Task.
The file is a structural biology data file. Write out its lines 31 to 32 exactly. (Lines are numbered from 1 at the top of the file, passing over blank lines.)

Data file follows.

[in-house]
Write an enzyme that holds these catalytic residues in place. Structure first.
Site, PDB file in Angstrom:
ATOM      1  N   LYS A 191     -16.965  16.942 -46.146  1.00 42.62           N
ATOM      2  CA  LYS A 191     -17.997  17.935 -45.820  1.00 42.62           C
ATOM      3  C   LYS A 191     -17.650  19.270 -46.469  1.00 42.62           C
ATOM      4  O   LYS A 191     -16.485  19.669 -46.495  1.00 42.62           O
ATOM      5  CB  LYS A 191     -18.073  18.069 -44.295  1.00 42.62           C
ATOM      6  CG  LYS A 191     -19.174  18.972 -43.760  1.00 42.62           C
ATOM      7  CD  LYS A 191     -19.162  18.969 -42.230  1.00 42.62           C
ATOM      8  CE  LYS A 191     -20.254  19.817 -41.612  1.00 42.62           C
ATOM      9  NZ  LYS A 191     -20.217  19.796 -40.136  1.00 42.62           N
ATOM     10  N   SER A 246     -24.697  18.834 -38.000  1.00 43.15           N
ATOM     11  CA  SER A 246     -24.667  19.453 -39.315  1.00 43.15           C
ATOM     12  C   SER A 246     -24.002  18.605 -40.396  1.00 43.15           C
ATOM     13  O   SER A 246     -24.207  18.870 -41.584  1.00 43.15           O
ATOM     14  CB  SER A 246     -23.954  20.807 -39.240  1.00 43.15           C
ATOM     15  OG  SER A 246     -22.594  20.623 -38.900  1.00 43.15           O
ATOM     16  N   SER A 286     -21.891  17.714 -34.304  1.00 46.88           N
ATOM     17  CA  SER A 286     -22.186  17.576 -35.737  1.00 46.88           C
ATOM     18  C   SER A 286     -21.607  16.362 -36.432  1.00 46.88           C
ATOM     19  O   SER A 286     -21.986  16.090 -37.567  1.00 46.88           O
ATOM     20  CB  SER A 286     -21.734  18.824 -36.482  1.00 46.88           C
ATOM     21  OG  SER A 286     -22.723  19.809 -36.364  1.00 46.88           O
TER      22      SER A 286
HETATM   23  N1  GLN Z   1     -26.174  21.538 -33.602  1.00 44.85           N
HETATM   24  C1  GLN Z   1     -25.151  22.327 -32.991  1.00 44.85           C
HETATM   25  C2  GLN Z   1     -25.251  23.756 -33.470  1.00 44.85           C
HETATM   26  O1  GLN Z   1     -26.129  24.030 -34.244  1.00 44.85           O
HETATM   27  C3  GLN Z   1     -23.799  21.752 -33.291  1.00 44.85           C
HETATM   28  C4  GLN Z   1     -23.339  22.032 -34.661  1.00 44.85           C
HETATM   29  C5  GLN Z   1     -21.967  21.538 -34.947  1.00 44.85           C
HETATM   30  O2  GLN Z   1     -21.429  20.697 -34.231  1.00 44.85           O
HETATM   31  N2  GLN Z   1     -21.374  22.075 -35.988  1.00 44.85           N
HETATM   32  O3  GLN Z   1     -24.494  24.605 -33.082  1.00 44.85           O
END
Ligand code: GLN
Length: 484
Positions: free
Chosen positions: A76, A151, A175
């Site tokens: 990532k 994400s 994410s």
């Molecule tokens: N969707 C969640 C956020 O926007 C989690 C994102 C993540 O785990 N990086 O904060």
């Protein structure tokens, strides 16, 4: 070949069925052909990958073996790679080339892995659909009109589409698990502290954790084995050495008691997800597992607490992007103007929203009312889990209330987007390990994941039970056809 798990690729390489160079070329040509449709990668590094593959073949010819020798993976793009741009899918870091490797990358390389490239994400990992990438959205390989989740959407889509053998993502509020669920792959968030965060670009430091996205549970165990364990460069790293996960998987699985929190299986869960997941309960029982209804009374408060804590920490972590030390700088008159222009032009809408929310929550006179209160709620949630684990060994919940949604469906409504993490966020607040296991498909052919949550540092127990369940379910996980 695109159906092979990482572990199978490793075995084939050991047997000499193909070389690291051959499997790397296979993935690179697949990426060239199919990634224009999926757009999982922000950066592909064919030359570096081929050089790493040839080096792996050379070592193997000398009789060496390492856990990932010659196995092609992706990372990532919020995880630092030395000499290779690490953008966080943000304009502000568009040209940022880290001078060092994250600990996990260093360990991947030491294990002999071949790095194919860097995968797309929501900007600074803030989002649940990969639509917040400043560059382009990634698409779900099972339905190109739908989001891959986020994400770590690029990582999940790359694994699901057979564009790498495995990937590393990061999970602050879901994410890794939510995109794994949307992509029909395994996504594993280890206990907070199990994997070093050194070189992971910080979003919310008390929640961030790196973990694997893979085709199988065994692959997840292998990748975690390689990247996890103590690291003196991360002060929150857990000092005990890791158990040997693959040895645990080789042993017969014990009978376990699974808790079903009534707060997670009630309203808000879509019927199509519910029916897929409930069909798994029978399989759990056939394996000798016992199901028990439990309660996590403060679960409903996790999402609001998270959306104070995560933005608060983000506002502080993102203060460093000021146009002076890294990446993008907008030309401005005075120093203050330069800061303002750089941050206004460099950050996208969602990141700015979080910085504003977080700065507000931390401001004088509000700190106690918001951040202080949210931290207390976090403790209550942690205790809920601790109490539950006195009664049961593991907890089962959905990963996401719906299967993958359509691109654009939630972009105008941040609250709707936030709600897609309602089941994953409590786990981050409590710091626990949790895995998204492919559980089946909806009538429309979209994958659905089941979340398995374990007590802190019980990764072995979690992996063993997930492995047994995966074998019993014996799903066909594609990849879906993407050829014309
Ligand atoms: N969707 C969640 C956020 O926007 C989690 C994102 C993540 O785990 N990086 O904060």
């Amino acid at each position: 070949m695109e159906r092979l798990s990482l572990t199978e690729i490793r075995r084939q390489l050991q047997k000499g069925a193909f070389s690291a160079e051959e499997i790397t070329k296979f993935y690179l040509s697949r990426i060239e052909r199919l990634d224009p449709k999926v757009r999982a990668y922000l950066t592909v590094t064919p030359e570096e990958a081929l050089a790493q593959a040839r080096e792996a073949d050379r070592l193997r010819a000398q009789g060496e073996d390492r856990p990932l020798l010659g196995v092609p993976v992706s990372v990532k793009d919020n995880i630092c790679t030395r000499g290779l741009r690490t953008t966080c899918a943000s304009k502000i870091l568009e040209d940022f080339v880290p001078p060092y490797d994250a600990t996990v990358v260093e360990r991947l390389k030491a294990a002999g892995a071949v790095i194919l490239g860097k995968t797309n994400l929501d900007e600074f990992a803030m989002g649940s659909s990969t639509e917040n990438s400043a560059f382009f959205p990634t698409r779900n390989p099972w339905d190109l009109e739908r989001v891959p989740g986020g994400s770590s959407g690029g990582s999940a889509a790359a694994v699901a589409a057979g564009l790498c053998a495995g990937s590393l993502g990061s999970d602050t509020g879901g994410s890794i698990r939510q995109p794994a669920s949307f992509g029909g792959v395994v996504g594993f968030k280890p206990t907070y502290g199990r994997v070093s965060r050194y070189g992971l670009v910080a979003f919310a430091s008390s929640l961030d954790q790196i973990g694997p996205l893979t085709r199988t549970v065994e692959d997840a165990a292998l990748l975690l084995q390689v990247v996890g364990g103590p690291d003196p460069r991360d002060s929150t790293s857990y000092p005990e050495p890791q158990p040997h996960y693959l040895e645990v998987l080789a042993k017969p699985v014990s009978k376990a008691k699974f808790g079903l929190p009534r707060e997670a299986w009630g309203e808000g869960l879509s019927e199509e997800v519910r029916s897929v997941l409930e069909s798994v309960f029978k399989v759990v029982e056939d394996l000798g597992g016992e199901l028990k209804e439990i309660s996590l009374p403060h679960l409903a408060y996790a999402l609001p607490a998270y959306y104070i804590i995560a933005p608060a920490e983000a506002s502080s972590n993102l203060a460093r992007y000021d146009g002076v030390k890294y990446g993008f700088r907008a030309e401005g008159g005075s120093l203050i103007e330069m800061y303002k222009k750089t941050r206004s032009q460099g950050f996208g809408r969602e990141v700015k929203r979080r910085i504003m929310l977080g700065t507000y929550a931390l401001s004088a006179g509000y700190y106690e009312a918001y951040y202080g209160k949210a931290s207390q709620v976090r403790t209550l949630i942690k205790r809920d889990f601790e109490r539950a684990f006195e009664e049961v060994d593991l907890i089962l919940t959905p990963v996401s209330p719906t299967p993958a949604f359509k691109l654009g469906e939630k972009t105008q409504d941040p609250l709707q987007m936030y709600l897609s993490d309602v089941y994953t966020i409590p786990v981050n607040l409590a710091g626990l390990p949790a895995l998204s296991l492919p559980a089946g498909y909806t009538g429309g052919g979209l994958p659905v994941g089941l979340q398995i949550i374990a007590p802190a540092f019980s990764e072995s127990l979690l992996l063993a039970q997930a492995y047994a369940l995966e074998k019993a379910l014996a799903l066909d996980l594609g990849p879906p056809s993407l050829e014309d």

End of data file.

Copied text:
HETATM   28  C4  GLN Z   1     -23.339  22.032 -34.661  1.00 44.85           C
HETATM   29  C5  GLN Z   1     -21.967  21.538 -34.947  1.00 44.85           C